Falcons’ Backup RBs Earn High Praise from Arthur Smith

Qadree Ollison

Getty Qadree Ollison #32 of the Atlanta Falcons celebrates after scoring a touchdown.

Projected No. 1 running back Mike Davis didn’t attend all of the Atlanta Falcons minicamp this past week, leaving backup Qadree Ollison with some extra work.

Olllison’s performance left a swooning impression on head coach Arthur Smith, but it’s still too soon to know what his final role will look like for the season.

“Q has done a nice job, but again, at this point, all that we are basing it off of is what we’ve thrown at him,” Smith told reporters following the last day of mandatory minicamp. “He’s doing a really nice job with the mental part and the (pass) protections. I’m very happy with his progress.”

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Falcons’ 2021 Running Back Depth Outlook

Ollison was originally drafted out of Pittsburgh by the Falcons in the fifth round during the 2019 NFL Draft. He showcased a promising rookie season, having 22 carries and four rushing touchdowns. However, after struggling with pass protection in his second year with Atlanta, Ollison was buried on the running back depth chart, ending 2020 playing in only three games.

A solid performance by Ollison all summer long will be expected from him if he plans on seeing more action next season.

Right now, the Falcons’ running back depth chart looks like Mike Davis, Cordarelle Patterson, followed by Ollison. The Falcons also have Tony Brooks-James and rookie backs Javian Hawkins and Caleb Huntley competing for a spot on the depth chart.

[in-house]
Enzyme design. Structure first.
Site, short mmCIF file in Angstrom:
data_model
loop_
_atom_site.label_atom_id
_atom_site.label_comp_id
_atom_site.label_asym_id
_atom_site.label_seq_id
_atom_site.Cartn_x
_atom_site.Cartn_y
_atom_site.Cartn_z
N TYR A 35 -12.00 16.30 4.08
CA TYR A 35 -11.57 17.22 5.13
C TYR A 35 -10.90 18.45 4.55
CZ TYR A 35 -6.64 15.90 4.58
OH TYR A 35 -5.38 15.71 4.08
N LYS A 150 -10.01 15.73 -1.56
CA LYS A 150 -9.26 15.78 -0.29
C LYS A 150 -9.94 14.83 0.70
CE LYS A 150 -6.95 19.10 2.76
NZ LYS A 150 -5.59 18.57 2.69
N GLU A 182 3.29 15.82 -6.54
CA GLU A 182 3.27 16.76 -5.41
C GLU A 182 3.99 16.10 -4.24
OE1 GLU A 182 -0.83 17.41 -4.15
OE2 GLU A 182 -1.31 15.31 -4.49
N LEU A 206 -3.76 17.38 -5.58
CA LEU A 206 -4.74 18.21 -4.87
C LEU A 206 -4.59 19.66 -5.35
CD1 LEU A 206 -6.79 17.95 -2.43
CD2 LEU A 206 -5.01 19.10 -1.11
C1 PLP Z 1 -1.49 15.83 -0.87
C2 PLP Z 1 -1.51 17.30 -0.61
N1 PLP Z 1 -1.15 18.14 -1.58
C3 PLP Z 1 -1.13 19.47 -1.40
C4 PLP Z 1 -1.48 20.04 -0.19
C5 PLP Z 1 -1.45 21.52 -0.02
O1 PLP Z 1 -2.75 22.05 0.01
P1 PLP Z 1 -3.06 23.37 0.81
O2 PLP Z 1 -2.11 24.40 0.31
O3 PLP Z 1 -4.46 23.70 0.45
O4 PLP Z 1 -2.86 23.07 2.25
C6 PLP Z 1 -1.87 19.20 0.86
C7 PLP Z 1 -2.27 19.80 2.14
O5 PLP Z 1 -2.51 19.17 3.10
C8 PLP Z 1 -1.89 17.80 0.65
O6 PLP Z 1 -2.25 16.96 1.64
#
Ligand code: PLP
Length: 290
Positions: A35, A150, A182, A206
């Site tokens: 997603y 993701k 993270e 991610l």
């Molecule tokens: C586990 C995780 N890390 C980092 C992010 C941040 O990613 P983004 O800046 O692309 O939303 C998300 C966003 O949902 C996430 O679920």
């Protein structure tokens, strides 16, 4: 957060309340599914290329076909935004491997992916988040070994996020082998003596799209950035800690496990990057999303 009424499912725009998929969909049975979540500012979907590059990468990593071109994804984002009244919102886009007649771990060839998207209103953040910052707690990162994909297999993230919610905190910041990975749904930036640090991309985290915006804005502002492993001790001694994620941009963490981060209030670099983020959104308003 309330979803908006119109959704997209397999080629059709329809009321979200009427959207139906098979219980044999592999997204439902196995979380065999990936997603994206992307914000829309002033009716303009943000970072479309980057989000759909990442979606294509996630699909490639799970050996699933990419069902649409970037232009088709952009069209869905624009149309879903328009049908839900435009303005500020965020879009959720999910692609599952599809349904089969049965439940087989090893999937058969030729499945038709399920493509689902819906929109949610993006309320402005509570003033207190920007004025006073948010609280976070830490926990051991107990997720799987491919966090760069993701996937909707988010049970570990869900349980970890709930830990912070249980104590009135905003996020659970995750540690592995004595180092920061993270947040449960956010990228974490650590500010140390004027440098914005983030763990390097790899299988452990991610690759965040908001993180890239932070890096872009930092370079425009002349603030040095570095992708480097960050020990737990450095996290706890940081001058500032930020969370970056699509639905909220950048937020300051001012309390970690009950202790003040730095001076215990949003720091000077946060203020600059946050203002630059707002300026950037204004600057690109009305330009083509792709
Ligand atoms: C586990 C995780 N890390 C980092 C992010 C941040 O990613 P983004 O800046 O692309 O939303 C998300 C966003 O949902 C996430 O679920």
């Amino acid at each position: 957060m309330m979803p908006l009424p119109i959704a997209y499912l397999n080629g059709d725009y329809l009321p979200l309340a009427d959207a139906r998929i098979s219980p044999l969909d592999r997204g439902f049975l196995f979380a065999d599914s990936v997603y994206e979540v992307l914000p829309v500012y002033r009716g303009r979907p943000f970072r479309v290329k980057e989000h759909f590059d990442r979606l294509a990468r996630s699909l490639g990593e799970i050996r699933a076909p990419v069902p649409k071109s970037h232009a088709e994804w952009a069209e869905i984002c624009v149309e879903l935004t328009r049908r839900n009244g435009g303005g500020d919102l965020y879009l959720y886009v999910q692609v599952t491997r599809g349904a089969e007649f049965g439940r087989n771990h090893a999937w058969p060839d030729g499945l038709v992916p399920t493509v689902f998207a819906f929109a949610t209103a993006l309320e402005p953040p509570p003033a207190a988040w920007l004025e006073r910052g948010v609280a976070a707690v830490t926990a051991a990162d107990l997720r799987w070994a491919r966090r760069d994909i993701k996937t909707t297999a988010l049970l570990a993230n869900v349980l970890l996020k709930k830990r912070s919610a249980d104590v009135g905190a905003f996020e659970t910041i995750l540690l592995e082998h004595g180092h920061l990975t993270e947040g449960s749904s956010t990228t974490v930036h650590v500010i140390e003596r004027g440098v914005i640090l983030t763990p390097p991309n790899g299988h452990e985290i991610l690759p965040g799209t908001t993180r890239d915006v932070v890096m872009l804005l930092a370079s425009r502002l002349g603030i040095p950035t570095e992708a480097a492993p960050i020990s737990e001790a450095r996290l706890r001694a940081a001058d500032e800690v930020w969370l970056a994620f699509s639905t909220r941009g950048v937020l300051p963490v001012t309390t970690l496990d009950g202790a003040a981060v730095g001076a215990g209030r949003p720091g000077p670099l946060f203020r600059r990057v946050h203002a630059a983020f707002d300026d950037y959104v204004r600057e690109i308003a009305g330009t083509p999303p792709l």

Davis stepped up for the injured Christian McCaffrey last season with the Carolina Panthers, rushing for a career-high 642 yards and six touchdowns on 165 carries in 15 games (12 starts). While the Falcons refuse to name Davis at their No. 1 running back, he is one with the best NFL resume.

As for Patterson, he will be playing more than just running back depth, according to Smith.

“C.P., he’ll play multiple spots for us,” Smith said. “He did a nice job at the end of the year last year in Chicago running the football. His history of returning kicks (is well documented) and he’s got some receiver background. He’s another cool versatile piece that we have in our program.”

Smith Stresses Importance of Versatility

Similar to the NBA’s mentality, Smith is all about adding versatility, hence the signings of Kyle Pitts along with Patterson.

“We drafted some players who can play multiple positions, but we’re not going to asking (Lee) Smith to do the same things (Kyle) Pitts can do,” Smith told The Athletic in a recent interview. If I want to spread the court and shoot a bunch of threes, I better get Steph Curry, Kevin Durant and Klay Thompson. If I don’t have those three guys on the perimeter, I better adapt.”

Pitts is a receiving tight end who can also play wide receiver if it ever came down to that, though the Falcons don’t plan on using him at that position. Aside from running back, Patterson can play at WR and kick returner.

And not to mention Russell Gage, who spent most of 2020 playing in the slot, can now switch to wideout with Julio Jones no longer in the lineup.


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